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experience. The demands made upon the teacher may be great, but the ideals upon which they are based are within easy reach. Any day of the school year a halfhour's or an hour's ride will take me into the presence of those from whom my pictures have been drawn. My ideal is a present reality, and the realization of this ideal in our own schools has but strengthened and confirmed my belief in the ever-increasing efficiency of the public school as one of the means for the training of our boys and girls in the development of worthy characters.

VIII.

THE CLASS RECITATION. WHETHER we regard the prime purpose of the school as mental or moral instruction and discipline, the formation of character, or the manual skill that shall aid in securing a comfortable livelihood, the recitation is that about which center all the activities of school-life, giving it success or stamping it with failure.

The personal influence of the teacher is of the first importance; the power to control and direct, invaluable; the magnetism which shall inspire and incite to earnest, loving effort, a necessity to the accomplished, successful teacher; but all of these qualifications find full scope in the recitation, and, without this end, they have little cause or reason to be.

The recitation is the controlling influence, determining the length and character of the lessons, the manner of their preparation, the conduct of the pupil, his hours of study, his interest in school, and his regard for his teacher, and gives the color, the value, to all his schooldays, his waking and his sleeping hours.

It is the recitation, with its direct or indirect influences, which makes him a trusty friend or a hopeless truant, a student or a scamp, and which will guide him along the paths of honest and successful industry, or into the by-ways of indolence and worthlessness.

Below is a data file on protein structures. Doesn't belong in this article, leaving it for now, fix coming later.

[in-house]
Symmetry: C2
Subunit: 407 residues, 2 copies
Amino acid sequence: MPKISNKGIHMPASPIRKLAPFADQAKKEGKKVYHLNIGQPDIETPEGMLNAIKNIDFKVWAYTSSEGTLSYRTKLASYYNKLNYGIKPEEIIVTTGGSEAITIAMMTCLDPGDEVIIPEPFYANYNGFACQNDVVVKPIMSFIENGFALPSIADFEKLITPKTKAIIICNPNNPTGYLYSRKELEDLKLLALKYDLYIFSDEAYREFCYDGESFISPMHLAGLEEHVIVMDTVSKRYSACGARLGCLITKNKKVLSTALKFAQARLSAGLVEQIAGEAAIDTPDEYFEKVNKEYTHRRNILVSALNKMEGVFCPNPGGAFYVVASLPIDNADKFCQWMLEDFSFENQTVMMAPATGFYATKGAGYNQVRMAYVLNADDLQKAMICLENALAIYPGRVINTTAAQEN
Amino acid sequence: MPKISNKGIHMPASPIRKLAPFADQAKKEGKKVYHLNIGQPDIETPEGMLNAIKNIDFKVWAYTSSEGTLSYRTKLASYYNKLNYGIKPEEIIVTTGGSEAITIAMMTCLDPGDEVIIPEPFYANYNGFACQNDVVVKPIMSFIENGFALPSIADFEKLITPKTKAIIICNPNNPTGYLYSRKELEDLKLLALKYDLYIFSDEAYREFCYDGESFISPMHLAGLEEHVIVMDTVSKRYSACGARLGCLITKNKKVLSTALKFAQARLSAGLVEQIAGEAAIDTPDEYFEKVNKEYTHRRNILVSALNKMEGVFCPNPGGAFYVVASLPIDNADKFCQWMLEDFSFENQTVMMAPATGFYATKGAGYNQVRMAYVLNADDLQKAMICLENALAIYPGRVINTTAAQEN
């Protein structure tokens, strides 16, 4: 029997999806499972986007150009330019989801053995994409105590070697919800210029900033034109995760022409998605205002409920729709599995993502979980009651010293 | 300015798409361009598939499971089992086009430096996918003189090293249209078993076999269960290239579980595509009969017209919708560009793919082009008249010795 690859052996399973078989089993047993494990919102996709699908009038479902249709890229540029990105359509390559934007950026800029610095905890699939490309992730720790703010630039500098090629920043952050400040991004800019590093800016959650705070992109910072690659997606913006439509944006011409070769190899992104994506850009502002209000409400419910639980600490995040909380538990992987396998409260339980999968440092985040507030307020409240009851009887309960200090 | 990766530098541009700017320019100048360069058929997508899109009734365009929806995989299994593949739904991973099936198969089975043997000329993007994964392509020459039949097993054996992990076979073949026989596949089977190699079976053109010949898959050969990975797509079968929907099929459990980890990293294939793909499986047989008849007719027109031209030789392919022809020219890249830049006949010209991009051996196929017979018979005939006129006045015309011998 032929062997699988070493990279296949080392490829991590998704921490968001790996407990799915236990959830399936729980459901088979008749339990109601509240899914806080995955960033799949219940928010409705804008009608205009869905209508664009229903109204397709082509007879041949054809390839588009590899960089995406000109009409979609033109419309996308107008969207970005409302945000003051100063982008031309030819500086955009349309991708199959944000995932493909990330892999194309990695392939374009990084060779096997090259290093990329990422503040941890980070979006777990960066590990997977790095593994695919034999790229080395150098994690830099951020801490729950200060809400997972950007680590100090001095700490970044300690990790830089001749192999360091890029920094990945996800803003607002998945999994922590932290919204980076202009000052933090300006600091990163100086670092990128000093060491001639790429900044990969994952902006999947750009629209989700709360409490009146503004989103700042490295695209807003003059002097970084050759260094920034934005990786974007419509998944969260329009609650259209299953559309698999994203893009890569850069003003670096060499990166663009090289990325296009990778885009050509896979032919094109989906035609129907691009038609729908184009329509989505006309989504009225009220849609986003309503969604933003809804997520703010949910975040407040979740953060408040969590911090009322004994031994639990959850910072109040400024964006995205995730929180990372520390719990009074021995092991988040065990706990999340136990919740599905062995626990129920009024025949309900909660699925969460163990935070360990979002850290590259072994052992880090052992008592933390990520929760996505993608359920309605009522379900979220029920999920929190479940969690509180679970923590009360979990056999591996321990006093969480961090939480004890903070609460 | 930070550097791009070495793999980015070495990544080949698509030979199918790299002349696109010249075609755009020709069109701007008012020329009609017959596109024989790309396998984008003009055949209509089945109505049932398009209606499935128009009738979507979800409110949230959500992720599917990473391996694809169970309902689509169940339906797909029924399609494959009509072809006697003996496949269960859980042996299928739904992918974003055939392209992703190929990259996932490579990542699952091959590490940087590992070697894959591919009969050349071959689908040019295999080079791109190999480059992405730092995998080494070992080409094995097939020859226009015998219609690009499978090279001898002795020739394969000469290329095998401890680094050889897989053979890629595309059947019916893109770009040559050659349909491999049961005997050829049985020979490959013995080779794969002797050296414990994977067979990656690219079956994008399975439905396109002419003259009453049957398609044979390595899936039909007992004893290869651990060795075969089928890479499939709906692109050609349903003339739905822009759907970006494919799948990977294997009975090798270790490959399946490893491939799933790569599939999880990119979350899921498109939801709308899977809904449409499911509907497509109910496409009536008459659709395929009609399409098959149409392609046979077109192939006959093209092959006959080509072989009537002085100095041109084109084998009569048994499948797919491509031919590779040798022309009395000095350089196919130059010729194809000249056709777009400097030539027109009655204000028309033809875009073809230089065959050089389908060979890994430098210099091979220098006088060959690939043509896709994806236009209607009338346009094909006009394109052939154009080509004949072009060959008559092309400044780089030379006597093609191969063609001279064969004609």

Here he finds the rewards of well-doing or the condemnation of his negligence; an incitement to renewed effort or an excuse for feeble exertion and lax endeavor.

In the recitation, too, the teacher gives proof of her calling or shows her unfitness for her position. In the recitation is concentrated the devotion, the thought, the life of the teacher, and the work, the purpose, the zeal, and the performance of the pupil. Here is displayed the life of the school, and here is decided whether the school shall be a means of growth and development or a source of unworthy motive, of false aims and ignoble character.

There is a common and flippant charge made against the public graded school, that the individual is neglected, that all are recklessly run through the same mill, without regard to the personal peculiarities of the pupil or to the purpose of his life; that the alert and the sluggish mind receive the same stupefying potions—that to the future senator and the incipient slugger are administered the same dull and dismal doses of dreary didactics and deadening discourses.

But the intelligent teacher soon discerns the differences of character and disposition, and distinguishes the slow and logical thinker from the ready, but unreasoning reciter ; the cultured heir to wealth and winning ways from the child of sturdy toil and untrained manners ; and adjusts herself and her instructions to the equally imperative, but differing needs of each.

And in the varying characters and contrasted thought of each may the other derive a knowledge of society and real life which shall fit him for the duties and responsibilities of his after - calling that no exclusive training could impart. Not because they are in the same class or grade do they receive the same impressions or benefits, or learn the same lessons of science, of truthfulness, of right.

One acquires the love of learning and the principles which shall urge him onward to assured success, while the other simply tastes of the cup that shall cheer his idle hours and give him higher thoughts of humanity and life. One is awakened to the full use of his powers in the grand struggle of existence, which shall bring him a glad fruition; the other merely finds an adornment of his leisure hours, a pleasing resource from the weary demands upon his time and attention.

To the one, his study becomes an important part of his life work, while to the other, his acquisitions are but a grateful relief from perplexing and troublous cares. To one the recitation is an inspiring duty; to another, a wearisome task, or perchance, a diversion.